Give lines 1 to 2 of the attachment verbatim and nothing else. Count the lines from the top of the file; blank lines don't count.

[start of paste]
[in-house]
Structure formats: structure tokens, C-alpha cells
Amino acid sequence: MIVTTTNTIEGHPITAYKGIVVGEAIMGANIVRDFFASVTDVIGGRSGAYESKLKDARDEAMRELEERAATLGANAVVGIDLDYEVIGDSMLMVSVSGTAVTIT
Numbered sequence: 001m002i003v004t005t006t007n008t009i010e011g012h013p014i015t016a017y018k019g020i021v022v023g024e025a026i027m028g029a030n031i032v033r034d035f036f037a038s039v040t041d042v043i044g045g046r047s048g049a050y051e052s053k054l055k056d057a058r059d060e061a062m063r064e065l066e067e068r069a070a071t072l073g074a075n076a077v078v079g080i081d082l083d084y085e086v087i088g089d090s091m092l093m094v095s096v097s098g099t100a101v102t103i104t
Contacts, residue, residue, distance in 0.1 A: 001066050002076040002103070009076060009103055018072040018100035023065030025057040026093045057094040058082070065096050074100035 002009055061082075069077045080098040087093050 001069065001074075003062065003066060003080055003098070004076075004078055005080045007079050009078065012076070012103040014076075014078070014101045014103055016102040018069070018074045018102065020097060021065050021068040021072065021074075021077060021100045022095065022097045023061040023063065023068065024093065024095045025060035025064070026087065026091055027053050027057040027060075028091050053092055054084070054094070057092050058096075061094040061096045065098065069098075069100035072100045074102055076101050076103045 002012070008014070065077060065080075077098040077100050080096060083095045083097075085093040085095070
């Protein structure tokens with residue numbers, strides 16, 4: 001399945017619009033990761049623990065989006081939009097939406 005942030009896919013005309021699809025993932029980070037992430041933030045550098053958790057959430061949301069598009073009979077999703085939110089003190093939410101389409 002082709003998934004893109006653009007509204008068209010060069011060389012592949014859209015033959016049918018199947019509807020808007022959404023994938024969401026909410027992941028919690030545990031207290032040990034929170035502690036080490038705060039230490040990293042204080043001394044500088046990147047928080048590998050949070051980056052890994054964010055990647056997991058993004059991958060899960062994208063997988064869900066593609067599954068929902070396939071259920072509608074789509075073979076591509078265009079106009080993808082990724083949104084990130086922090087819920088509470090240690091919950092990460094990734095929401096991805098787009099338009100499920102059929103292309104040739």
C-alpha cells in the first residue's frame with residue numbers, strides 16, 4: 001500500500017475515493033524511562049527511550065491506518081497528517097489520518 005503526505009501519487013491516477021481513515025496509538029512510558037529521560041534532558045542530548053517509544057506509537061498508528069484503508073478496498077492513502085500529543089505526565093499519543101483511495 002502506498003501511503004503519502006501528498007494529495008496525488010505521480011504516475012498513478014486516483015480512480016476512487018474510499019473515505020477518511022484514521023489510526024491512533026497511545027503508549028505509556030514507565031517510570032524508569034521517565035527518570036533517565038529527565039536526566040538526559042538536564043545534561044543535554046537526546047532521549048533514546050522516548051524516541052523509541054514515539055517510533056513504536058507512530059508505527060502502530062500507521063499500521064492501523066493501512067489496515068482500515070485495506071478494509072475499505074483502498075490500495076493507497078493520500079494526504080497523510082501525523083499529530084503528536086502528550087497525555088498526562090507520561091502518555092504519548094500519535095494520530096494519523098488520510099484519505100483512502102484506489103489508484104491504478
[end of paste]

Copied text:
[in-house]
Structure formats: structure tokens, C-alpha cells